Graduate Program Overview

The Neuroscience PhD Program at Washington University in St. Louis aims to train the next generation of leaders in neurobiology. The main objectives of the program are to:

  • Provide students with the skills necessary to conduct research including the planning and implementation of a unique research project in the field of neuroscience.
  • Teach students the fundamental concepts within neuroscience and how to apply those concepts in the critical analysis of scientific research.
  • Promote the professional development of students in the areas of scientific writing, presentation, statistics, and computation.
  • Promote interdisciplinary science by encouraging cooperation and collaboration among students in different programs and departments.

Neuroscience graduate students are enrolled in the Division of Biology and Biomedical Sciences (DBBS), an interdepartmental umbrella organization that facilitates the educational and research goals of the University. Some DBBS programs include:

  • Developmental, Regenerative and Stem Cell Biology
  • Immunology
  • Computational and Molecular Biophysics
  • Molecular Cell Biology
  • Biochemistry
  • Molecular Genetics and Genomics
  • Molecular Microbiology and Microbial Pathogenesis
  • Evolution, Ecology and Population Biology
  • Plant and Microbial Biosciences
  • Computational and Systems Biology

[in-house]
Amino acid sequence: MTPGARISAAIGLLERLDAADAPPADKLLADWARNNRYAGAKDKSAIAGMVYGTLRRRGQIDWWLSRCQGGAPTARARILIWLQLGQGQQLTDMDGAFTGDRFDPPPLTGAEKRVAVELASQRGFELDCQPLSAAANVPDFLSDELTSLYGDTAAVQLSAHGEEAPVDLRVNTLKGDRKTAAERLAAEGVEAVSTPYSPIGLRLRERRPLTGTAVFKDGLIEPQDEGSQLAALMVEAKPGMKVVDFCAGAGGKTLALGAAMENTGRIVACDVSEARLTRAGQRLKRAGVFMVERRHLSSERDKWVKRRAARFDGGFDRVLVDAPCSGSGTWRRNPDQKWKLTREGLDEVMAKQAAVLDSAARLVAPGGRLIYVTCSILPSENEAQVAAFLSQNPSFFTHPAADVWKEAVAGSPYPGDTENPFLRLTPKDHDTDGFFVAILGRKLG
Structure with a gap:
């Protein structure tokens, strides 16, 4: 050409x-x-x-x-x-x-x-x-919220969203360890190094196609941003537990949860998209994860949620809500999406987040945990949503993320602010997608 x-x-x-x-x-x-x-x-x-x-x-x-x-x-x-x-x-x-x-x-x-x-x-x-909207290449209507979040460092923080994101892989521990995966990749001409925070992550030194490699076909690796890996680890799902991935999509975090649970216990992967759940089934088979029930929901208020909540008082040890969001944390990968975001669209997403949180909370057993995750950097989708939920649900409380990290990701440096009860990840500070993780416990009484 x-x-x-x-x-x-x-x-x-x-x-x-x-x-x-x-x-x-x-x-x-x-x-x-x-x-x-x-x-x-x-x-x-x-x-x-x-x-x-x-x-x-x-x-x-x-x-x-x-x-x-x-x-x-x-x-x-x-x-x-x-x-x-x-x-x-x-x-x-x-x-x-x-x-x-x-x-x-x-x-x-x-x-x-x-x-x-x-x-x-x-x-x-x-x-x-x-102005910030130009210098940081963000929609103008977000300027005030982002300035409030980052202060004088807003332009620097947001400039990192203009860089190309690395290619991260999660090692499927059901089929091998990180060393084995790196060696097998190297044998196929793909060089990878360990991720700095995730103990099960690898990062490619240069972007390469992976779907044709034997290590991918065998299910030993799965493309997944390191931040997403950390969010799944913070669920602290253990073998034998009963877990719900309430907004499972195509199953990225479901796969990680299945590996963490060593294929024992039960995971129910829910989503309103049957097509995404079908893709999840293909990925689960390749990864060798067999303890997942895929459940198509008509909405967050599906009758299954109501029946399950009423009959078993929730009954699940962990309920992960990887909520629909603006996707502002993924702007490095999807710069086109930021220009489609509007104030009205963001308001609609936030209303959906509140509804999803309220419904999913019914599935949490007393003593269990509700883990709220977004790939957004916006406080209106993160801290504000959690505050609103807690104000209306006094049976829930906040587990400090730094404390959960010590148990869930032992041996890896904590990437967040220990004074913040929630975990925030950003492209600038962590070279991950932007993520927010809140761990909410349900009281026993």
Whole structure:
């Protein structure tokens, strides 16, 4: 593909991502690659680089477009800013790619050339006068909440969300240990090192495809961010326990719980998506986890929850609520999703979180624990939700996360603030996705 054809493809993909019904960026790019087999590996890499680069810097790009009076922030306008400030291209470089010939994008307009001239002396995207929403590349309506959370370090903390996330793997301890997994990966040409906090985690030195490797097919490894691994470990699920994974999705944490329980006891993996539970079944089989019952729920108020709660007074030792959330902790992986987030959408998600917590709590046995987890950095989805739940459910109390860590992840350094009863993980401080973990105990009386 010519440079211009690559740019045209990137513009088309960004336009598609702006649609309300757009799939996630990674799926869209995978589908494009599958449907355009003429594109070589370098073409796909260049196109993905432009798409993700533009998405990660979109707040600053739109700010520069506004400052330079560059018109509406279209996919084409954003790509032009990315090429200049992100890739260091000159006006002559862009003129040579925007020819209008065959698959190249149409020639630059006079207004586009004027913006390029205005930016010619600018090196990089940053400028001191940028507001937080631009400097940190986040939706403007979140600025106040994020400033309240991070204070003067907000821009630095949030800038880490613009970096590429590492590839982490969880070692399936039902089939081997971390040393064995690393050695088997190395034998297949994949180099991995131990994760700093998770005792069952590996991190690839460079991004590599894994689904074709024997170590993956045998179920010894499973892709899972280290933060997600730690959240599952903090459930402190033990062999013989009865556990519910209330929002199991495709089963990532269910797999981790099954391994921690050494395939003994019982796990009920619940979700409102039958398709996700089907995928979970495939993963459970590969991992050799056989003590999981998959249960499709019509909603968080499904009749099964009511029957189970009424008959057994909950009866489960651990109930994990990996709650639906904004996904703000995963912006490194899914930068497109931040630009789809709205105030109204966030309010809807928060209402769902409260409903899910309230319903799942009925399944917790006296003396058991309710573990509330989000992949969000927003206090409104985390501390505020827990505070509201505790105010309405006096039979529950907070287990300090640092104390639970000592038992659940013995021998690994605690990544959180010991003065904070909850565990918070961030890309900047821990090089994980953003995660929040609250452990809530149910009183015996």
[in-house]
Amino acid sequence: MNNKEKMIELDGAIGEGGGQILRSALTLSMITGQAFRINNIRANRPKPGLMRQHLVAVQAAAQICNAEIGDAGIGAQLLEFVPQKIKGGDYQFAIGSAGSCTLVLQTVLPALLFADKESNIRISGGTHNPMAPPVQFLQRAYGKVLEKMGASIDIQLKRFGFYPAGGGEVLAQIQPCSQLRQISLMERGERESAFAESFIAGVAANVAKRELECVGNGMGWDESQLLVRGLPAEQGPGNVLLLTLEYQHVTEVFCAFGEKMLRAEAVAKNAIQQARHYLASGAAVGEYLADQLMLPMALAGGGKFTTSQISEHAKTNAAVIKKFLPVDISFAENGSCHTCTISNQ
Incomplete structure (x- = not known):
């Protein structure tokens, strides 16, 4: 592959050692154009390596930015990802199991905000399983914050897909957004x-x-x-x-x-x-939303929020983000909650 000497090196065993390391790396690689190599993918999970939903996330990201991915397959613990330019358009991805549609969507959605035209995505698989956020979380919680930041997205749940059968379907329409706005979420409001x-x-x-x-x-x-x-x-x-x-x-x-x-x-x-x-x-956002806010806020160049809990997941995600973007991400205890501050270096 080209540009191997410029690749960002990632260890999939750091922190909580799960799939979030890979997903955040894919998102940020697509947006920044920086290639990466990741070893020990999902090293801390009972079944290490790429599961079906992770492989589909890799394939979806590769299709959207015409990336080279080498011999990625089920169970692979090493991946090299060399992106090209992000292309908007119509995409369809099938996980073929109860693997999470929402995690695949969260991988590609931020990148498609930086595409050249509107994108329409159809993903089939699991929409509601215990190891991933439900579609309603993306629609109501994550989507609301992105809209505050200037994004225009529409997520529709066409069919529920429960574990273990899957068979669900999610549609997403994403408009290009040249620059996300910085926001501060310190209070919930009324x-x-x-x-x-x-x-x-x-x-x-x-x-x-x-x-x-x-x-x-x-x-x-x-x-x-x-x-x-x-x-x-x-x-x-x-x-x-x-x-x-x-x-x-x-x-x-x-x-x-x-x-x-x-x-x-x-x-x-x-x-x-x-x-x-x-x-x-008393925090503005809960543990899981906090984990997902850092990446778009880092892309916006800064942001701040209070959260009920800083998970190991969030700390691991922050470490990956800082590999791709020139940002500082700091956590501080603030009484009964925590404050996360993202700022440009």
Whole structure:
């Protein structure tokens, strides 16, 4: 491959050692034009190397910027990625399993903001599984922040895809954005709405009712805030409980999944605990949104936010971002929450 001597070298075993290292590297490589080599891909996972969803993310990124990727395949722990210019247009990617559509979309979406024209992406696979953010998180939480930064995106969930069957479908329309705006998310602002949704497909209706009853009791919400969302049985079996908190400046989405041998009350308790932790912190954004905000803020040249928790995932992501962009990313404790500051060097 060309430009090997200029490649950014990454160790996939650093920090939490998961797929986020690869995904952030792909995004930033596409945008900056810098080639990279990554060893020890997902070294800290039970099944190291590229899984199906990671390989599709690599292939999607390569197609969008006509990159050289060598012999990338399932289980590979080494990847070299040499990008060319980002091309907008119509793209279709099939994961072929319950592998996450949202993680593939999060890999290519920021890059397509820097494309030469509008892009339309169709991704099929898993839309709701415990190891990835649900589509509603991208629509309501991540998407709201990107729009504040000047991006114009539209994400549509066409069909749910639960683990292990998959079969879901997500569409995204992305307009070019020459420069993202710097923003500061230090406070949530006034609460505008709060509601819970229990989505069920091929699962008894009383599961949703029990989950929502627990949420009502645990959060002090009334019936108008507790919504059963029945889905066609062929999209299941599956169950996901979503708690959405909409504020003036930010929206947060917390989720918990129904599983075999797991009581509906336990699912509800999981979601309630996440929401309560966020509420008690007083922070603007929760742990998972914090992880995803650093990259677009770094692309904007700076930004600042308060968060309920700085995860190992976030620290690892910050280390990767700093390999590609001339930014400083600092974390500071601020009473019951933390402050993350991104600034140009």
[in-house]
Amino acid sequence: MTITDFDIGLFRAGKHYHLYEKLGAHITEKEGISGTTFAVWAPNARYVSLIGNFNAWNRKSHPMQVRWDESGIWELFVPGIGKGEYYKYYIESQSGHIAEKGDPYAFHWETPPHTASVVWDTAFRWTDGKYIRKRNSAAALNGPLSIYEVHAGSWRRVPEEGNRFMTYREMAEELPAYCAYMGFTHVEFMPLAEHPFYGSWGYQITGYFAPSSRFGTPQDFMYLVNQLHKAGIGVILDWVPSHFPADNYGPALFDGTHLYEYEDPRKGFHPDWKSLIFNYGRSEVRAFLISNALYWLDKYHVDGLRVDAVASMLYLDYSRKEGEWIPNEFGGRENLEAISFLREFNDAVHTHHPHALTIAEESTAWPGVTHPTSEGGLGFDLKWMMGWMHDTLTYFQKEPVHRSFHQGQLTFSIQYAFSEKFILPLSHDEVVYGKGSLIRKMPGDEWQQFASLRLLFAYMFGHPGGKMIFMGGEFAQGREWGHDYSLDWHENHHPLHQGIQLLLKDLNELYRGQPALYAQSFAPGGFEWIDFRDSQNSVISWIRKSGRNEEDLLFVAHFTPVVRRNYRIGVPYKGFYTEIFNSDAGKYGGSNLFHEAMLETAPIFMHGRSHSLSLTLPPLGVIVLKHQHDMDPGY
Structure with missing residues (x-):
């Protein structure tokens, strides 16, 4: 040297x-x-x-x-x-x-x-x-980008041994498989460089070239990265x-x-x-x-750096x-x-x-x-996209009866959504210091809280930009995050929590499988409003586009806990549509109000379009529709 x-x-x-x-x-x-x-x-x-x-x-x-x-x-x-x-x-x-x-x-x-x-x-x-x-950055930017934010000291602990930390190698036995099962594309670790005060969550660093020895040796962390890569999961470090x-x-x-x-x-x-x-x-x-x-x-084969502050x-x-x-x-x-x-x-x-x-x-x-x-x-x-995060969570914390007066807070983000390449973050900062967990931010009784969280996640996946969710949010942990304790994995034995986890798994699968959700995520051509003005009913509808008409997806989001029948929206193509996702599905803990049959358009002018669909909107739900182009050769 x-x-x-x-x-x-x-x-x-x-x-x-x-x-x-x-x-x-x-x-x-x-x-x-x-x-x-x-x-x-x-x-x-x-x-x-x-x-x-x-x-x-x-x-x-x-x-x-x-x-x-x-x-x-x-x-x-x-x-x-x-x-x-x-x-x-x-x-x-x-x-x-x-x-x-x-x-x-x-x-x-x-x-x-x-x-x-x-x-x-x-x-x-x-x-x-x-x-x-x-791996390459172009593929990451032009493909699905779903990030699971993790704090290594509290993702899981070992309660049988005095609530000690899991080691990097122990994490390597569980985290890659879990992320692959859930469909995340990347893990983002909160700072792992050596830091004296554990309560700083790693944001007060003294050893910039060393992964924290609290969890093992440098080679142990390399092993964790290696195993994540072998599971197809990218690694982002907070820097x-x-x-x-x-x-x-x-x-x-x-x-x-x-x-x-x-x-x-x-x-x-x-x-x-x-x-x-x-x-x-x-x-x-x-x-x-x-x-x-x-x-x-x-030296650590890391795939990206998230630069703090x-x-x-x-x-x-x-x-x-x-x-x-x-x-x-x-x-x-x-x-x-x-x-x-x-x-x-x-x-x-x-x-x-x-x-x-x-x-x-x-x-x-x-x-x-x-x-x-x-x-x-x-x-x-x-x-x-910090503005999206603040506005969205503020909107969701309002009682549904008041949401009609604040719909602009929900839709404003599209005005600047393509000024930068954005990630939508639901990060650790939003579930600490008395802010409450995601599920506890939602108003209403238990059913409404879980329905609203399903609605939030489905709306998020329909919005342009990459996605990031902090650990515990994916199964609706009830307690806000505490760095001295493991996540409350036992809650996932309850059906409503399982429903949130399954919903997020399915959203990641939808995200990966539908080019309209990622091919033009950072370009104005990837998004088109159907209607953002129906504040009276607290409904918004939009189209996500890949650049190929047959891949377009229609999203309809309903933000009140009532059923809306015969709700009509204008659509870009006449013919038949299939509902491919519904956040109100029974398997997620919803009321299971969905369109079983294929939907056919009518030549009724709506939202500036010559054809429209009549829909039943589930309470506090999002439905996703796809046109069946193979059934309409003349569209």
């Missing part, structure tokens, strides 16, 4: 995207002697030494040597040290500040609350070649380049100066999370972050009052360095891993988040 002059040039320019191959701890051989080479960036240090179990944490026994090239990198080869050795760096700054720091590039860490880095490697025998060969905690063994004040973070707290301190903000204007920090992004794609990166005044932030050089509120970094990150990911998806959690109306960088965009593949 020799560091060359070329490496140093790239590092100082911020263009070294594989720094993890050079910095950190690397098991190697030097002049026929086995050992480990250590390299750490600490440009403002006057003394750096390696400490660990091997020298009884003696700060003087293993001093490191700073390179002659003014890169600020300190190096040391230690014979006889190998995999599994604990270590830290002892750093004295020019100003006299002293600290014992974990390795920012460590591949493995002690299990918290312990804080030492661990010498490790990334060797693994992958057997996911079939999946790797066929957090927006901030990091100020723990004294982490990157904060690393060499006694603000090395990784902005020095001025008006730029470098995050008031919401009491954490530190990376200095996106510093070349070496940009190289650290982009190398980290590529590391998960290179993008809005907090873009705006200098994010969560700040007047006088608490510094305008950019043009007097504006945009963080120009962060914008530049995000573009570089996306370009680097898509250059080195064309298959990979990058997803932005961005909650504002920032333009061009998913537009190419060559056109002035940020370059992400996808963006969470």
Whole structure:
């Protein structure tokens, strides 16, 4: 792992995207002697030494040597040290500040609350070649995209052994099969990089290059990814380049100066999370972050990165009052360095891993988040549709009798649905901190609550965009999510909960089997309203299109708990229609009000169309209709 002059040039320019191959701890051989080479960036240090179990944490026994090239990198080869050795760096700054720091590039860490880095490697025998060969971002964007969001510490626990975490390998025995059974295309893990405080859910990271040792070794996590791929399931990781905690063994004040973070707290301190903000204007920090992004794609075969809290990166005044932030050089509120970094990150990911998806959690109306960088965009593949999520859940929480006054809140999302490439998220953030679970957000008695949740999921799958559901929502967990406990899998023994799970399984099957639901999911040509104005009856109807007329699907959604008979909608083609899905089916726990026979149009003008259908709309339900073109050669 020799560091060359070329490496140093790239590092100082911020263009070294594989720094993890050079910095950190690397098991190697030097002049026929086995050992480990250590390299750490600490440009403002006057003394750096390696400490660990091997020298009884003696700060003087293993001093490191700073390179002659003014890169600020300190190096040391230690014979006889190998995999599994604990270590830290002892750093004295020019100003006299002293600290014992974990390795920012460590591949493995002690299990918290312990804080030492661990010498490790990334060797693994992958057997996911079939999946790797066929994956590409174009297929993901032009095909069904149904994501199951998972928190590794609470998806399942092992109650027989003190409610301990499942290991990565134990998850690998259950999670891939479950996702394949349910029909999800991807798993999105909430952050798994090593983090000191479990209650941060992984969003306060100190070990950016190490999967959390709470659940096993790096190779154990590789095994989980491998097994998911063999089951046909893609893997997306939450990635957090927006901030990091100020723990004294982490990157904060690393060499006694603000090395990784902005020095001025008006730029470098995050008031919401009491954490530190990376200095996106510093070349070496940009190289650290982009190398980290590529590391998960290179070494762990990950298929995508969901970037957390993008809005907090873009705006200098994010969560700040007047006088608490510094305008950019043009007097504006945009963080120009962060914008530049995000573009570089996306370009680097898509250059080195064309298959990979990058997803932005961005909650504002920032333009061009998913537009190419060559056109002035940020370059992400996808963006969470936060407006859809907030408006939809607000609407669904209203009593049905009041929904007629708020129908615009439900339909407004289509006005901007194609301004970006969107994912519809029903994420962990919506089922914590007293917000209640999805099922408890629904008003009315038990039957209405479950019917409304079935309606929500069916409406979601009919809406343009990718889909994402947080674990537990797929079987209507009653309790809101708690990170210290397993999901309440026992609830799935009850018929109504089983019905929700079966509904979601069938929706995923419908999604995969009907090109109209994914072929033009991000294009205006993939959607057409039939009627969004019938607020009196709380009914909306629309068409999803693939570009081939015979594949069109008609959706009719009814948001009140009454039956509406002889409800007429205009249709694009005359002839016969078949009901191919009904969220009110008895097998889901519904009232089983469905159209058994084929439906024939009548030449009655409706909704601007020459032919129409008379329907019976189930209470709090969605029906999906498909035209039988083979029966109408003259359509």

• Human and Statistical Genetics

Please visit DBBS for a full list of current programs.

Graduate students are admitted to the Neuroscience Program, but are encouraged to participate in courses and/or laboratory opportunities that are offered by the others.

Admission into the Neuroscience Program is highly competitive with 10-15 students enrolled each year. All students admitted to the Division receive a stipend plus health coverage and tuition remission.

The Neuroscience Program has deep historical roots that include Nobel Prize-winning work on nerve conduction (Erlanger and Gasser), nerve growth factor (Levi-Montalcini and Cohen) and signal transduction (Sutherland). In recent years, the program has diversified and expanded greatly, allowing it to remain at the forefront of exciting developments in many different areas.

A broad range of research centers, program project grants and research training grants at Washington University foster a strong sense of collaboration and interdisciplinary cooperation. The McDonnell Center for Cellular and Molecular Neurobiology and the McDonnell Center for Systems Neuroscience, both endowed by the James S. McDonnell Foundation, support a wide variety of neuroscience projects. Our other collaborative research centers bring together clinicians, scientists, and patients to enhance and promote translational research in many areas. These centers include:

  • The Hope Center for Neurological Disorders, which supports basic and clinical research activities related to stroke, spinal cord injury, traumatic brain injury, and other conditions associated with damage to the nervous system.
  • The Alzheimer's Disease Research Center, which carries out a multi-faceted approach to the understanding and treatment of Alzheimer's disease.
  • The Neurofibromatosis (NF) Center, which was established to position Washington University as an international leader in NF basic and clinical research as well as to serve as a beacon for “bench to bedside” research in NF and related nervous system tumors.
  • The Washington University Pain Center, which is committed to alleviating human suffering from pain and aims to be the foremost center in the nation for the advancement of pain science.